2. By cycler on Jan 19, 2012 | Reply

    I’m with you on no special gear- today I wore:

    A dress, with regular dress tights, heavy wool socks, mid-calf leather boots with stacked heels, A wool cardigan sweater, trenchcoat, heavy insulated gloves, helmet, earbags (little felt pods that snap over your ear-earmuffs without the connector) scarf, sun glasses

    My legs from mid-calf to knee were chilly, but everything else was fine. I actually was a bit warm when I got to work. The trenchcoat is new and I’m still figuring out what I need under it. If it’s in single digits I would wear either two layer of tights (one wool and one normal) or I would wear lined wool pants. I’d also add liner gloves inside my insulated gloves.

  3. By Marshall on Jan 19, 2012 | Reply

    Fleece winter headband
    Neoprene half mask
    Sunglasses or racquetball glasses (night)
    (the bandana/headband combo allows my helmet to fit very snugly)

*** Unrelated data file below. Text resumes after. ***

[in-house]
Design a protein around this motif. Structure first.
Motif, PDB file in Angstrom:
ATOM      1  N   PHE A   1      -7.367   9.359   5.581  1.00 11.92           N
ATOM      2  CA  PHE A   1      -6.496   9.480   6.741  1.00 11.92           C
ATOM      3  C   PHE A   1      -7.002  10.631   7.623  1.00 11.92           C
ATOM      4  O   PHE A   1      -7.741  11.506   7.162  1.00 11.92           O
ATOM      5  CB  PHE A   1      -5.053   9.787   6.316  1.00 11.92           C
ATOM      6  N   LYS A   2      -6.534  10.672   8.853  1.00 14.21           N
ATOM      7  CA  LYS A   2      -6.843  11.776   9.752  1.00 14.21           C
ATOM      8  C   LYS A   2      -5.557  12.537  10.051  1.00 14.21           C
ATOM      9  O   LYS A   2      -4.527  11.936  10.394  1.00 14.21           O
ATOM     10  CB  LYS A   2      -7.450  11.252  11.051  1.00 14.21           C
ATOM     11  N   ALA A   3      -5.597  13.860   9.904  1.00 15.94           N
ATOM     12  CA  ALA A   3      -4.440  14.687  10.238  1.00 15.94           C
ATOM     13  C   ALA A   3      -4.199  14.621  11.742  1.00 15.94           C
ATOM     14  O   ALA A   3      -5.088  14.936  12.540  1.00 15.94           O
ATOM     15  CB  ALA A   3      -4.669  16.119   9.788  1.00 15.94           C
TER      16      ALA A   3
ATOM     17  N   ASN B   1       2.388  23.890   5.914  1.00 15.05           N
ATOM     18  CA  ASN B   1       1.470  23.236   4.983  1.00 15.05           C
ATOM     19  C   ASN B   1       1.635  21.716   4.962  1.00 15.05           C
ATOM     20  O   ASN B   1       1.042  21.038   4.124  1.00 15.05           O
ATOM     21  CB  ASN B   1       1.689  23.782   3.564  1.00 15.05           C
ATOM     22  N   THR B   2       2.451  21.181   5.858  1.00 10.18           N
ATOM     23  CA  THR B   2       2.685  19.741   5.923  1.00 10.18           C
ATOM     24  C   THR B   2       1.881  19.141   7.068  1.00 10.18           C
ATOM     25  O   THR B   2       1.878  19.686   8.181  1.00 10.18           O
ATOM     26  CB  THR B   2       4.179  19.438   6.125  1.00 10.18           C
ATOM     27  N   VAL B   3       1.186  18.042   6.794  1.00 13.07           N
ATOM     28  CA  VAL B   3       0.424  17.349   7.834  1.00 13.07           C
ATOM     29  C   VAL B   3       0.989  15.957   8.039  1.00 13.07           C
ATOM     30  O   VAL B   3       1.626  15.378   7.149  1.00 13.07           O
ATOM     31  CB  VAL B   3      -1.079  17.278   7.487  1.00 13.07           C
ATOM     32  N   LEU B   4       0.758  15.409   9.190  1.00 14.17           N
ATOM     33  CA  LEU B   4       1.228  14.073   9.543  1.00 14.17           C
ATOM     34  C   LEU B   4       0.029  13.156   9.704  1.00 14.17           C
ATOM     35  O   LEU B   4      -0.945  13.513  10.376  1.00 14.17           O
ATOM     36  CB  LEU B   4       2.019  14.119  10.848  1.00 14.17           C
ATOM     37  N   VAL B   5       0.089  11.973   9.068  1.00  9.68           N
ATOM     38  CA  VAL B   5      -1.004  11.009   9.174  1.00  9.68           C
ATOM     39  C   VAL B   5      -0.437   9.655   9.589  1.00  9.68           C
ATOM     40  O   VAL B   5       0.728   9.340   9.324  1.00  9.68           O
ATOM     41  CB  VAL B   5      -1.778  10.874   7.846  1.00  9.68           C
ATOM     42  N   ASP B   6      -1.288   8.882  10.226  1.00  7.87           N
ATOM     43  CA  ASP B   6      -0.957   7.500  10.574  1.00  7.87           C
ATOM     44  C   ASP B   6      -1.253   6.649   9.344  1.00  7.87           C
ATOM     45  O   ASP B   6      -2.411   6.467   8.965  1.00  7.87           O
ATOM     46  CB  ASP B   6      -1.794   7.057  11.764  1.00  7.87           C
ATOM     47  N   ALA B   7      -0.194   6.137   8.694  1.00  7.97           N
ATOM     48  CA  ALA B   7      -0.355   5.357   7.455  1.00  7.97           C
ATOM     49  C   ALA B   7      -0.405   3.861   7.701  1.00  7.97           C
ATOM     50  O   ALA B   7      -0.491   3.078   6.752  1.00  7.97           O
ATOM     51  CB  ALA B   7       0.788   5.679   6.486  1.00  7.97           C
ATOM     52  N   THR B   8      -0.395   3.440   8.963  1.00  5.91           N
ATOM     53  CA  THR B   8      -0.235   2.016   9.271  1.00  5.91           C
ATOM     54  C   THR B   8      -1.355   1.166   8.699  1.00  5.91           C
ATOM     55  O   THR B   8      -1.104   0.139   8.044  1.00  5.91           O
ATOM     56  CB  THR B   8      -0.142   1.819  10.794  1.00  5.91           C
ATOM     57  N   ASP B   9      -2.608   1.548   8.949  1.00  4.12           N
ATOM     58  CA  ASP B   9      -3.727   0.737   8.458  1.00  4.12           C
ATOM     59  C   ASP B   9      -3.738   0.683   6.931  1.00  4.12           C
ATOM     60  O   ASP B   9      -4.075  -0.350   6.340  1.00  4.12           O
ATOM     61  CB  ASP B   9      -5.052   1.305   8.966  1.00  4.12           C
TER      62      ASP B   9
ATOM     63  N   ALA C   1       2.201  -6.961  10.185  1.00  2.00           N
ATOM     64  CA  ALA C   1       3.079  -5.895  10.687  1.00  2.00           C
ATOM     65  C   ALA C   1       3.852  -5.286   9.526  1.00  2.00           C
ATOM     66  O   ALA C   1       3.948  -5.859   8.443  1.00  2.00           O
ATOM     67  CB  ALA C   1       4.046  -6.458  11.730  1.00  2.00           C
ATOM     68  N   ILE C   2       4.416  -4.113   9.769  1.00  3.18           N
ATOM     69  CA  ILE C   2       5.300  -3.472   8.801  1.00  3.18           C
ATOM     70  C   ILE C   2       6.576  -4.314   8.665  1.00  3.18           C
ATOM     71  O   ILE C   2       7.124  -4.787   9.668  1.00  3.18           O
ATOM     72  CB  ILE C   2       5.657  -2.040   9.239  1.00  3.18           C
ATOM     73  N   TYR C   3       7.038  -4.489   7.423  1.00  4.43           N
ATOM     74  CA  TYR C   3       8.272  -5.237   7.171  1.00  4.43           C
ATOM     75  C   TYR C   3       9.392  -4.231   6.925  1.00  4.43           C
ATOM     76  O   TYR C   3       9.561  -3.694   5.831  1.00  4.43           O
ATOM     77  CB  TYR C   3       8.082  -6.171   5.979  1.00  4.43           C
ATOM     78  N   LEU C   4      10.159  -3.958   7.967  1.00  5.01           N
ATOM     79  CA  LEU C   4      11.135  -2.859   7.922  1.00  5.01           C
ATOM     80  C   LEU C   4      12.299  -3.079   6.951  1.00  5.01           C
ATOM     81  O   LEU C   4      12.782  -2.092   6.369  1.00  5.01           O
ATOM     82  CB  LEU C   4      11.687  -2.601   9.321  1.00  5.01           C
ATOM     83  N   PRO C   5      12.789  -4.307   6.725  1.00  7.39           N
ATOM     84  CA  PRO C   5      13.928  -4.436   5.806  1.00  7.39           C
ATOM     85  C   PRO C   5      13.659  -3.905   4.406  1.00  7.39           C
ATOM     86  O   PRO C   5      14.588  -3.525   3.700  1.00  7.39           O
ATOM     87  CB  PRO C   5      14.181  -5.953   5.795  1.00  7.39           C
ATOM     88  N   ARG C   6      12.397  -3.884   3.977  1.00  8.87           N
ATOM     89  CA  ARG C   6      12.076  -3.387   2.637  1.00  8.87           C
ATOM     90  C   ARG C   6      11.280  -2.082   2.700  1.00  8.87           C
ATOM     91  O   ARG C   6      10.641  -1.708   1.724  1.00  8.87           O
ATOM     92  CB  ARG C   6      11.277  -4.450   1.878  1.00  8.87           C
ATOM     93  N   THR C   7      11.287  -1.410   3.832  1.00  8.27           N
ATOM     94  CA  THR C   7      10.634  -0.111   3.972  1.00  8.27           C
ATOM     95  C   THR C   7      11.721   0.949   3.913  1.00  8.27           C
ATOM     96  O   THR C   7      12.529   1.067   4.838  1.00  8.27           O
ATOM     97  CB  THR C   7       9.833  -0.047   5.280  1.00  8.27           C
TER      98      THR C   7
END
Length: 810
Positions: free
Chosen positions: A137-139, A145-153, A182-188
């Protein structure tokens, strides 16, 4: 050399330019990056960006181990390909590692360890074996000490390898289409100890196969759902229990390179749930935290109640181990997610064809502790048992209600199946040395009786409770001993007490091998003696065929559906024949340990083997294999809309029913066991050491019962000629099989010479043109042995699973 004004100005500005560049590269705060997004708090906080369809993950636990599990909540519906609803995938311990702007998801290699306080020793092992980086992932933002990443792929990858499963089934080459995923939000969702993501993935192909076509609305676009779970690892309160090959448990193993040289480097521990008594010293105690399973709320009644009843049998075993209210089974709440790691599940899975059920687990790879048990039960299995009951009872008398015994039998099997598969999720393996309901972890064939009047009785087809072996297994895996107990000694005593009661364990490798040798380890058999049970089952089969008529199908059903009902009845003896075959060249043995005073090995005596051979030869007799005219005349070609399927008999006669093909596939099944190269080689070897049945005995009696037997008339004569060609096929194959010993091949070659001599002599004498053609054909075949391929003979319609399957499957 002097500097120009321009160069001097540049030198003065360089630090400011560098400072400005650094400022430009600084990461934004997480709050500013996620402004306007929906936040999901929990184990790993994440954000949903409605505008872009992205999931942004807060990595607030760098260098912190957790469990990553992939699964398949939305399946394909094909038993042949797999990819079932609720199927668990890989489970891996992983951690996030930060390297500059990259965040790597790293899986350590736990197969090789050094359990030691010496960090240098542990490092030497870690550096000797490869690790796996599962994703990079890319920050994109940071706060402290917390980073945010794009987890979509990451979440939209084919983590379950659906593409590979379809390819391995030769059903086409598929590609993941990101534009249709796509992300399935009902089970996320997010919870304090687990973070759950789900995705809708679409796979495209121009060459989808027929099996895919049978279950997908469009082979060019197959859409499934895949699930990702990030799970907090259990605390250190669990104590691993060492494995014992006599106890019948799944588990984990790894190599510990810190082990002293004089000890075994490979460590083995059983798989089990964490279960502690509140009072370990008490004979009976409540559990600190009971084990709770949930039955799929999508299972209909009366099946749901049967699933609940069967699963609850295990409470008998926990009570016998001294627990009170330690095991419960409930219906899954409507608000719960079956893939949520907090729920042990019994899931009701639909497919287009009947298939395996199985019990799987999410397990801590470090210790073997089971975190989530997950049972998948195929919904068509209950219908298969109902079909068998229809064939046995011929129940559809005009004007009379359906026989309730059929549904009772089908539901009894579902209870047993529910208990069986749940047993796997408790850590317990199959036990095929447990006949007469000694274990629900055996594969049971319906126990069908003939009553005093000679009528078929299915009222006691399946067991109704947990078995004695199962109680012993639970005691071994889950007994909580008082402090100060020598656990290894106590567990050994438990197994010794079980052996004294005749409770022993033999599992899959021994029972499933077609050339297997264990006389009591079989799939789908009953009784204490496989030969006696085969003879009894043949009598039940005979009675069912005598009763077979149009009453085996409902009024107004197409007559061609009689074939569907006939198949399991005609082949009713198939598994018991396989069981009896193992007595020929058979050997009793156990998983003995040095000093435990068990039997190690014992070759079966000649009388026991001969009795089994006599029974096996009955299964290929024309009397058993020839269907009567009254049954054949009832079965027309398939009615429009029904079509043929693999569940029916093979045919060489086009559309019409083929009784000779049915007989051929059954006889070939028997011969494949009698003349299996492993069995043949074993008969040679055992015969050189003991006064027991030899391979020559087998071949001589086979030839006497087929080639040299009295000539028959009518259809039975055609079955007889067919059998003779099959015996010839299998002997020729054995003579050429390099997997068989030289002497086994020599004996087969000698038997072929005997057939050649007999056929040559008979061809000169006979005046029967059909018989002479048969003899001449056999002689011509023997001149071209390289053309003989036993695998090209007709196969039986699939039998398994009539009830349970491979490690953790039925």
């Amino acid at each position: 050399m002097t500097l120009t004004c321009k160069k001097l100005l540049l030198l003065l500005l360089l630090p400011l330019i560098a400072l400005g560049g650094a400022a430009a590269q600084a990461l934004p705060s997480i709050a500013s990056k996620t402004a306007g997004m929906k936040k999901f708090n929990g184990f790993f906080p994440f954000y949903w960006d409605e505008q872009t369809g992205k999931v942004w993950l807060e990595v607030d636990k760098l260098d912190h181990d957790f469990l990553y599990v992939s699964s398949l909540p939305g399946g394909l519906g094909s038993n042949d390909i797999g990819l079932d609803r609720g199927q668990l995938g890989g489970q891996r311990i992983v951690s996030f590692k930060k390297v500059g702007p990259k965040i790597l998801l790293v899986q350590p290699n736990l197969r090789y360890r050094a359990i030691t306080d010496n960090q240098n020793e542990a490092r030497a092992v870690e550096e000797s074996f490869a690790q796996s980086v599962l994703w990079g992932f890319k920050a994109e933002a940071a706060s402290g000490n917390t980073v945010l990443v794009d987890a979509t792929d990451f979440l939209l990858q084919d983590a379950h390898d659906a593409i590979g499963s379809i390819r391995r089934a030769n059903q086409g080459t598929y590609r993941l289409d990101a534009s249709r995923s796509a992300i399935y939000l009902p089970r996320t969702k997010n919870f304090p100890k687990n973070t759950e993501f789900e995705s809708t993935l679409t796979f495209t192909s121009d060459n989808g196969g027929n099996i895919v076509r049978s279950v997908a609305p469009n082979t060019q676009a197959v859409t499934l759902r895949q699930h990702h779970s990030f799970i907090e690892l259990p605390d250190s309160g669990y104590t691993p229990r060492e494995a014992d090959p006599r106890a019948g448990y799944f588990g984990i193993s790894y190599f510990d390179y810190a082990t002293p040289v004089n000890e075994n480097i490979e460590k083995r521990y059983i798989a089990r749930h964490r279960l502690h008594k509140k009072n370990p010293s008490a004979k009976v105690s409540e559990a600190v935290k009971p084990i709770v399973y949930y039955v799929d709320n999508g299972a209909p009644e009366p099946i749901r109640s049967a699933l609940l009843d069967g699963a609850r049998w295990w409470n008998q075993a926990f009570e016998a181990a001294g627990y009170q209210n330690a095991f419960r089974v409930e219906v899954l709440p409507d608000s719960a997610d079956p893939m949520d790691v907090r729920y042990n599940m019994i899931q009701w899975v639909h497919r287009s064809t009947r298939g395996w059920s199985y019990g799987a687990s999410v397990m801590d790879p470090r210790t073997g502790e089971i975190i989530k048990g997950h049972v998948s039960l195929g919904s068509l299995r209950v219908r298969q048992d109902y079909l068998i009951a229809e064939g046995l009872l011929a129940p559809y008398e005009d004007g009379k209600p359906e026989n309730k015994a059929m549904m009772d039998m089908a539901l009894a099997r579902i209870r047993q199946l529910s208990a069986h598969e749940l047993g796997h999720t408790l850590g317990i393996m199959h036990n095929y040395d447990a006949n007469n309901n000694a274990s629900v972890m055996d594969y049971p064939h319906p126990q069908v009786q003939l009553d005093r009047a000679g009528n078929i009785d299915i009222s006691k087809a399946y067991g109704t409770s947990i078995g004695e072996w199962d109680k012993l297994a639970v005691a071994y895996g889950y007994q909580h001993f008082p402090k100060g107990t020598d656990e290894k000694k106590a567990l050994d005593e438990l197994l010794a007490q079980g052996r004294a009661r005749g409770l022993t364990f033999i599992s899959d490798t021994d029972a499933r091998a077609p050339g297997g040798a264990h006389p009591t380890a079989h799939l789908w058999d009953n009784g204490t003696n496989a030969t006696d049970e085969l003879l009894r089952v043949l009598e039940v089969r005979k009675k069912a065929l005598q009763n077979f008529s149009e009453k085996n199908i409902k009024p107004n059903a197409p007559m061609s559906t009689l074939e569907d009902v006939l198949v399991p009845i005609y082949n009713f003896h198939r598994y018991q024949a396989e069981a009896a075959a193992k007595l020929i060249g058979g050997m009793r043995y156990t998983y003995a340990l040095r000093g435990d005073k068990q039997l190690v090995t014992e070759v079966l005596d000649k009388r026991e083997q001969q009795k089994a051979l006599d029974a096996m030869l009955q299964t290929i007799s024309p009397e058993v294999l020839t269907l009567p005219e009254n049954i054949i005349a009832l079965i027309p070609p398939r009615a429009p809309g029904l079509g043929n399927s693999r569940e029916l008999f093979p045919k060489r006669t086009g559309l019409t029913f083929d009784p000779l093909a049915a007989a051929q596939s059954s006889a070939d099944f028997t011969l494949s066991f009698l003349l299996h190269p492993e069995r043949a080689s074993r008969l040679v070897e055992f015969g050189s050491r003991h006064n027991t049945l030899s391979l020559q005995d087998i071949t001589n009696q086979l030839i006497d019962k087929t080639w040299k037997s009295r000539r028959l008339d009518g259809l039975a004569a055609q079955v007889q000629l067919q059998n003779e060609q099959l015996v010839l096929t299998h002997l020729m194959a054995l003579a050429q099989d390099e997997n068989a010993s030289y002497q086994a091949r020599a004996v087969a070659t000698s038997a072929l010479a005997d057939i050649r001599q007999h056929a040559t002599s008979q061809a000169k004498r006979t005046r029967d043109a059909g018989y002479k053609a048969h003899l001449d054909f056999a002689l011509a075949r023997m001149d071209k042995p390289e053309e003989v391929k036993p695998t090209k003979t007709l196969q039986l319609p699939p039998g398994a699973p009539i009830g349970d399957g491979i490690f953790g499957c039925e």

Shell from a ski jacket

    Full-finger work gloves

    Long underwear

    Wool socks
    Tennis shoes

    The only really bad part is my wrists between the gloves and sleeves.

  4. By craig on Jan 19, 2012 | Reply

    Key to winter riding is lots of thin, breathable layers. I commute only 10 miles into the city but can log long miles in single digits dressed thusly:

    Head: Helmet
    rain cover (under 30F)
    Sugoi merino cycling cap
    Neck gaiter (under 30F)

    Hands: Gore windstopper cycling gloves
    Swix lobster gloves

    Body: S/S Wicking Baselayer
    L/S Windproof Baselayer (under 30F)
    S/S Cycling Jersey
    L/S Thermal soft-shell jacket
    E-vent cycling Jacket

    Legs: under 30: Thermal full bib-tights
    over 30: normal bib-tights
    Thermal wind tights

    Feet: wool cycling socks (icebreakers)
    wool boot socks (under 30F)
    Sidi Diablo GTX winter shoes
    Thermal Shoe covers (under 30F)

    Current bike setup is a Cross bike with studded Nokian a10 tires, L&M Lights and full fenders.

  5. By Chip on Jan 19, 2012 | Reply

    Head: helmet, helmet liner or full-face balaclava if it’s really cold.
    Upper body: long-sleeve jersey, Polarfleece jacket, bright yellow shell. Below 10, add a base layer and/or replace the shell with my ski jacket.
    Hands: ski gloves.
    Lower body: bike shorts, running tights, add a base layer if it’s cold. Hasn’t yet been cold enough to add the ski pants.
    Feet: warm socks, regular bike shoes. If it’s really cold, switch to the stompy winter boots and flip the pedals to the non-cleat side.